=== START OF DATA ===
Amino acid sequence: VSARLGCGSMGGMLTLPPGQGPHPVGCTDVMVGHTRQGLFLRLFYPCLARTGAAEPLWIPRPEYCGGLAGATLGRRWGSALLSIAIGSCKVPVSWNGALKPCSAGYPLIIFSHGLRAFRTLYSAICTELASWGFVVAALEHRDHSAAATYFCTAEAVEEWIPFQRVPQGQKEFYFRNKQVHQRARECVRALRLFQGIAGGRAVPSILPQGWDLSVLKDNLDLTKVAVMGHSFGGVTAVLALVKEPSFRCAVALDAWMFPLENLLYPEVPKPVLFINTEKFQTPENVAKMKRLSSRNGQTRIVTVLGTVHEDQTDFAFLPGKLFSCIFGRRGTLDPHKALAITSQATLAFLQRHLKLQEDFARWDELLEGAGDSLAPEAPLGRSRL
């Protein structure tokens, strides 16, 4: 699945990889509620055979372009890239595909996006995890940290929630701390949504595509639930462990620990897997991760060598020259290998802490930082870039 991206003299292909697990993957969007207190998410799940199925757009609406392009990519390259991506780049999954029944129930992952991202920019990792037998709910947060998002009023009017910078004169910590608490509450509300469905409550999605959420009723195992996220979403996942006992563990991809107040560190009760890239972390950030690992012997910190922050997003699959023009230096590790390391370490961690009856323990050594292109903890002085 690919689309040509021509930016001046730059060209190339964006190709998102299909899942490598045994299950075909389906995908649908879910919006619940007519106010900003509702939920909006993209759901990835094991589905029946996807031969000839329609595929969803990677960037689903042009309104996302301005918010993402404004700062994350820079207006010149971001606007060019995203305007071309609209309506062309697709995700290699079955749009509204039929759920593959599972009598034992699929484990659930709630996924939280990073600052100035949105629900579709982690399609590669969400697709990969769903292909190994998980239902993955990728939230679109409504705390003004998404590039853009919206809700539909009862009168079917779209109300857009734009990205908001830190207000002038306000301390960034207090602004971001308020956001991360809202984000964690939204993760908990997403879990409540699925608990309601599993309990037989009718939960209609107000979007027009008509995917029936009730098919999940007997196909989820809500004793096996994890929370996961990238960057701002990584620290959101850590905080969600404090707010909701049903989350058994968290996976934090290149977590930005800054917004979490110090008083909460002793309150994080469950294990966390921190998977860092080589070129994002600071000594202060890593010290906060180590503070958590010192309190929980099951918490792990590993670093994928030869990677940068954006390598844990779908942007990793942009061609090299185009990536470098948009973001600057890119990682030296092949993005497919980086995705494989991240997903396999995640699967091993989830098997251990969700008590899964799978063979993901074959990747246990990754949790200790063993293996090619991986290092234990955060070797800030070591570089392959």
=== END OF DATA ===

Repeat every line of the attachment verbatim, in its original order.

Amino acid sequence: VSARLGCGSMGGMLTLPPGQGPHPVGCTDVMVGHTRQGLFLRLFYPCLARTGAAEPLWIPRPEYCGGLAGATLGRRWGSALLSIAIGSCKVPVSWNGALKPCSAGYPLIIFSHGLRAFRTLYSAICTELASWGFVVAALEHRDHSAAATYFCTAEAVEEWIPFQRVPQGQKEFYFRNKQVHQRARECVRALRLFQGIAGGRAVPSILPQGWDLSVLKDNLDLTKVAVMGHSFGGVTAVLALVKEPSFRCAVALDAWMFPLENLLYPEVPKPVLFINTEKFQTPENVAKMKRLSSRNGQTRIVTVLGTVHEDQTDFAFLPGKLFSCIFGRRGTLDPHKALAITSQATLAFLQRHLKLQEDFARWDELLEGAGDSLAPEAPLGRSRL
């Protein structure tokens, strides 16, 4: 699945990889509620055979372009890239595909996006995890940290929630701390949504595509639930462990620990897997991760060598020259290998802490930082870039 991206003299292909697990993957969007207190998410799940199925757009609406392009990519390259991506780049999954029944129930992952991202920019990792037998709910947060998002009023009017910078004169910590608490509450509300469905409550999605959420009723195992996220979403996942006992563990991809107040560190009760890239972390950030690992012997910190922050997003699959023009230096590790390391370490961690009856323990050594292109903890002085 690919689309040509021509930016001046730059060209190339964006190709998102299909899942490598045994299950075909389906995908649908879910919006619940007519106010900003509702939920909006993209759901990835094991589905029946996807031969000839329609595929969803990677960037689903042009309104996302301005918010993402404004700062994350820079207006010149971001606007060019995203305007071309609209309506062309697709995700290699079955749009509204039929759920593959599972009598034992699929484990659930709630996924939280990073600052100035949105629900579709982690399609590669969400697709990969769903292909190994998980239902993955990728939230679109409504705390003004998404590039853009919206809700539909009862009168079917779209109300857009734009990205908001830190207000002038306000301390960034207090602004971001308020956001991360809202984000964690939204993760908990997403879990409540699925608990309601599993309990037989009718939960209609107000979007027009008509995917029936009730098919999940007997196909989820809500004793096996994890929370996961990238960057701002990584620290959101850590905080969600404090707010909701049903989350058994968290996976934090290149977590930005800054917004979490110090008083909460002793309150994080469950294990966390921190998977860092080589070129994002600071000594202060890593010290906060180590503070958590010192309190929980099951918490792990590993670093994928030869990677940068954006390598844990779908942007990793942009061609090299185009990536470098948009973001600057890119990682030296092949993005497919980086995705494989991240997903396999995640699967091993989830098997251990969700008590899964799978063979993901074959990747246990990754949790200790063993293996090619991986290092234990955060070797800030070591570089392959």